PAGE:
Keystone XL Pipeline stirs debate in Washington

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Keystone XL Pipeline stirs debate in Washington

Shannon Patrick via Flickr

Shannon Patrick via Flickr

Shannon Patrick via Flickr

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The Keystone XL pipeline is one of the most controversial and hotly-debated issues of today’s political landscape.

The $8 billion dollar Canada-to-Texas pipeline will, when completed, transfer thousands of barrels of crude oil from Canada’s Tar Sands to the oil refineries in Texas and the Gulf of Mexico.

Supporters of the KXL claim that the pipeline will provide thousands of jobs and will boost the economy by providing more local oil to combat imported oil. However, opponents claim that the jobs are temporary, and any benefits of the pipeline are outweighed by the environmental risks.

The question that the Keystone XL pipeline poses is this: Do the projected economical benefits of the KXL outweigh the environmental risks, or is the pipeline too counter-productive to be built?

Supporters of the Keystone XL are primarily Republicans and Union-bound Democrats, who believe that the economical benefits of the KXL outweigh any projected risks. Louis Finkel, executive vice president for government affairs with the American Petroleum Institute, was quoted in Alan Neuhauser’s article in the US News & World Report:

American refiners want [the KXL], American producers want to get their oil to those Gulf Coast refineries and we believe Americans would rather get a large portion of the 8 to 9 million barrels they import each and every day from Canada rather than Venezuela or the Middle East.”

Neuhauser goes on to quote a spokesman from TransCanada—the company hoping to build the pipeline—who said that no companies had canceled their contracts to ship oil through the KXL. Before the massive price drop in crude oil earlier this year, the proponents of the Keystone XL had substantial reason to want the KXL to be built. According to Neuhauser, “from January to June of last year, prices of…crude oil facilitated between about $90 and $110 per barrel.”

While prices have since dropped to around $50 per barrel, Neuhauser said that many industry groups don’t believe that lower prices will hurt the KXL.

Opponents of the Keystone XL pipeline cite the potential impact of the KXL on the environment. According to Neuhauser, Obama has stated he would only approve the pipeline if it did ‘not significantly exacerbate the problem of carbon pollution’.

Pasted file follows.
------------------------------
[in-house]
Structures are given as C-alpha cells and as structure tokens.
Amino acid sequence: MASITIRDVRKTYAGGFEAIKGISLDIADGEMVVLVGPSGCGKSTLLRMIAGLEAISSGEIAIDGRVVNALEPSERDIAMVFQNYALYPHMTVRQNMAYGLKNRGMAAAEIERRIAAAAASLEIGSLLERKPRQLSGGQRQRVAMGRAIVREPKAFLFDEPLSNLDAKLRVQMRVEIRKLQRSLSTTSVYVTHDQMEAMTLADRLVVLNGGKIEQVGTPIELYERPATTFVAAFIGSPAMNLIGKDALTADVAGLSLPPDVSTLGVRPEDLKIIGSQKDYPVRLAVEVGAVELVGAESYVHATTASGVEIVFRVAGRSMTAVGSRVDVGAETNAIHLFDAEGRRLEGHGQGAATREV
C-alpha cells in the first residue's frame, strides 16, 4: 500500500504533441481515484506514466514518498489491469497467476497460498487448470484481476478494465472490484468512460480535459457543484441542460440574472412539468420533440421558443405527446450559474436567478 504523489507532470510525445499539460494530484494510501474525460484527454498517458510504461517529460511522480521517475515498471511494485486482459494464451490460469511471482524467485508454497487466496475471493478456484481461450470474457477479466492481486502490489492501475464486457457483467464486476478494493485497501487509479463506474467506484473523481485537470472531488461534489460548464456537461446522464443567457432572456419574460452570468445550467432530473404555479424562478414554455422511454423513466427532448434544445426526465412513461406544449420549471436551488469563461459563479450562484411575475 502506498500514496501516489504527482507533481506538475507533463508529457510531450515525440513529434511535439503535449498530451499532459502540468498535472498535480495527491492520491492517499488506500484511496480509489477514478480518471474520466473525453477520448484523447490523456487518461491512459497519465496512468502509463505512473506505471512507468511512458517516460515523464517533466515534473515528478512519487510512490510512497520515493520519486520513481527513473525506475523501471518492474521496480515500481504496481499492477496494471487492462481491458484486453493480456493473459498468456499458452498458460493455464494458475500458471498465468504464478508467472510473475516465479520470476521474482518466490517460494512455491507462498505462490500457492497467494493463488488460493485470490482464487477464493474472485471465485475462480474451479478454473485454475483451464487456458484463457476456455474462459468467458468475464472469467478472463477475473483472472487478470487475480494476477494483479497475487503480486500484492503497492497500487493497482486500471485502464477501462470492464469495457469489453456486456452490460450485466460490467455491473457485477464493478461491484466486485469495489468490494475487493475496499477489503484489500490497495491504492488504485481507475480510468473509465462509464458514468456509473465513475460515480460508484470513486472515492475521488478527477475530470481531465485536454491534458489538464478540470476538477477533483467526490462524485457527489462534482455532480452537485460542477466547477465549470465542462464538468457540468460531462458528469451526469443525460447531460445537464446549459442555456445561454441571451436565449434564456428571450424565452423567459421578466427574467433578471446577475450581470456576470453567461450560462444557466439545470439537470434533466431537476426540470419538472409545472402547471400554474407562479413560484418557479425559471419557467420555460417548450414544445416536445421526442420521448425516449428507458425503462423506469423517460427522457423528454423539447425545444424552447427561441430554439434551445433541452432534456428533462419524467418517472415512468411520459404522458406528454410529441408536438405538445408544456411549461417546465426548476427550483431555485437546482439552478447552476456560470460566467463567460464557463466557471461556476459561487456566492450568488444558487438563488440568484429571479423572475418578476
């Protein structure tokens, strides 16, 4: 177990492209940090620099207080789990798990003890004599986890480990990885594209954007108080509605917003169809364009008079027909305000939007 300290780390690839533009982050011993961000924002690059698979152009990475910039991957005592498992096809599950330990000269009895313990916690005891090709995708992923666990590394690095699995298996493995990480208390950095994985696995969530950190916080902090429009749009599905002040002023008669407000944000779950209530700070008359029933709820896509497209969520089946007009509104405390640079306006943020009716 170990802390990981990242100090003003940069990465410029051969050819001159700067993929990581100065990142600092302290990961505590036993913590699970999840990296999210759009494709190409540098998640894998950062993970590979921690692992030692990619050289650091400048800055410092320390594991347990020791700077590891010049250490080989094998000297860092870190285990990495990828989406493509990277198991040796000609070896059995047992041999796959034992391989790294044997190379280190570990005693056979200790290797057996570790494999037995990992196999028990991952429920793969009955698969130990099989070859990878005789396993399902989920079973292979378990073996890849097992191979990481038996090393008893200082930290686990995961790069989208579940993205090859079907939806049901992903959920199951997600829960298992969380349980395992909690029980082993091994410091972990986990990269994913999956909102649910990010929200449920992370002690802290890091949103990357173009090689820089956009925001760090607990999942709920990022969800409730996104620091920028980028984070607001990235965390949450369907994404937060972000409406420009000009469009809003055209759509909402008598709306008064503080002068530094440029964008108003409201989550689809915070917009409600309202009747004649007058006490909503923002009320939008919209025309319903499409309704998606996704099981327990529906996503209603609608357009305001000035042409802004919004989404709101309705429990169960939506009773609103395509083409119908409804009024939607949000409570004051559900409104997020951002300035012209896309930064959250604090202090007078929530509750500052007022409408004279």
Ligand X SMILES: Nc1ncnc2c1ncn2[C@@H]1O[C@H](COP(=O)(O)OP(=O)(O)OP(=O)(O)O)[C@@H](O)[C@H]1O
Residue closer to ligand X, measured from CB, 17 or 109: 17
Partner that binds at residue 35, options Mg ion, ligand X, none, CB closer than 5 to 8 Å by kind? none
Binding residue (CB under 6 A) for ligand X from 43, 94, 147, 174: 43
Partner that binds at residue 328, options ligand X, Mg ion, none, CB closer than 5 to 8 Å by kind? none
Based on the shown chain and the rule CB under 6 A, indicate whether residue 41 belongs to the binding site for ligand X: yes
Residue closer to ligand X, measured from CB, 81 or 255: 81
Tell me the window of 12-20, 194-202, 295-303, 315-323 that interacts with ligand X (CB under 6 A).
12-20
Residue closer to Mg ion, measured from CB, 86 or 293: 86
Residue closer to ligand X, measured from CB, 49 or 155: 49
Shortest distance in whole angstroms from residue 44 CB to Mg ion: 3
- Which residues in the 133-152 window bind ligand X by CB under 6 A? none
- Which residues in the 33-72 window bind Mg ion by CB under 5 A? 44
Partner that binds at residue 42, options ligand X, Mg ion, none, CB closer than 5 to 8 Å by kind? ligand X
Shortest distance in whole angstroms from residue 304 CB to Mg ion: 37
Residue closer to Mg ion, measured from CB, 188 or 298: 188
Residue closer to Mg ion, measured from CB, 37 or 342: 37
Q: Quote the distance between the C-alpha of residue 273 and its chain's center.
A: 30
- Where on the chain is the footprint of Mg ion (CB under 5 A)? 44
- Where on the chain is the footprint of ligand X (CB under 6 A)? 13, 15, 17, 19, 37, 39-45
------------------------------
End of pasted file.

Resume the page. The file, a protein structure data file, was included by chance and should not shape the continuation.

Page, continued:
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According to Elana Schor’s article in Politico, proponents of the KXL are likely to note that the Keystone’s starting point, Alberta, already has a carbon fee that encourages the oil industry to lessen pollution. The State Department concluded in Jan. 2014 that the KXL would not affect carbon emissions because oil companies would develop the tar sands whether or not the pipeline is built, according to Neuhauser.

However, he also writes that developing the tar sands would require a market price of $86-$106 per barrel to turn a profit. The current price of $50 per barrel is not high enough to turn a profit on the oil at all.

Additional arguments against the KXL are revealed in an article by Rebecca Leber on the New Republic website, in which the safety of oil transportation is discussed. Leber writes:

Trains are more likely than pipelines to have accidents, but their accidents are less environmentally devastating: The International Energy Agency’s eight-year analysis of oil spills found a risk of a spill is six times higher for rail than pipeline shipments, but a pipeline accident spills three times as much oil as a rail shipment.”

Opponents and supporters of the KXL have acknowledged that the KXL will not reduce the shipment of oil by trains, but will provide more opportunity for ecological disaster. According to pro-KXL Senator Heidi Heitkamp, who said, “I am not someone who has ever said that the KXL will take crude off the rails. It won’t. Our markets are east and west and it would be extraordinarily difficult to build pipelines east and west.”

Essentially, the KXL will simply introduce more oil—and thus a higher risk for disaster—to America, without reducing the use of train shipments. While arguments for and against the KXL are numerous; however, the information provided indicates that the KXL could be more harmful than helpful.

Both sides of the KXL argument have valid points. The environment must be protected if humans are to continue living on earth; however, jobs and oil are necessary to sustain the current lifestyle in the West. While the black-and-white world of politics demands that the KXL be passed or rejected out of hand, the solution to the underlying energy-production problem is far more complicated.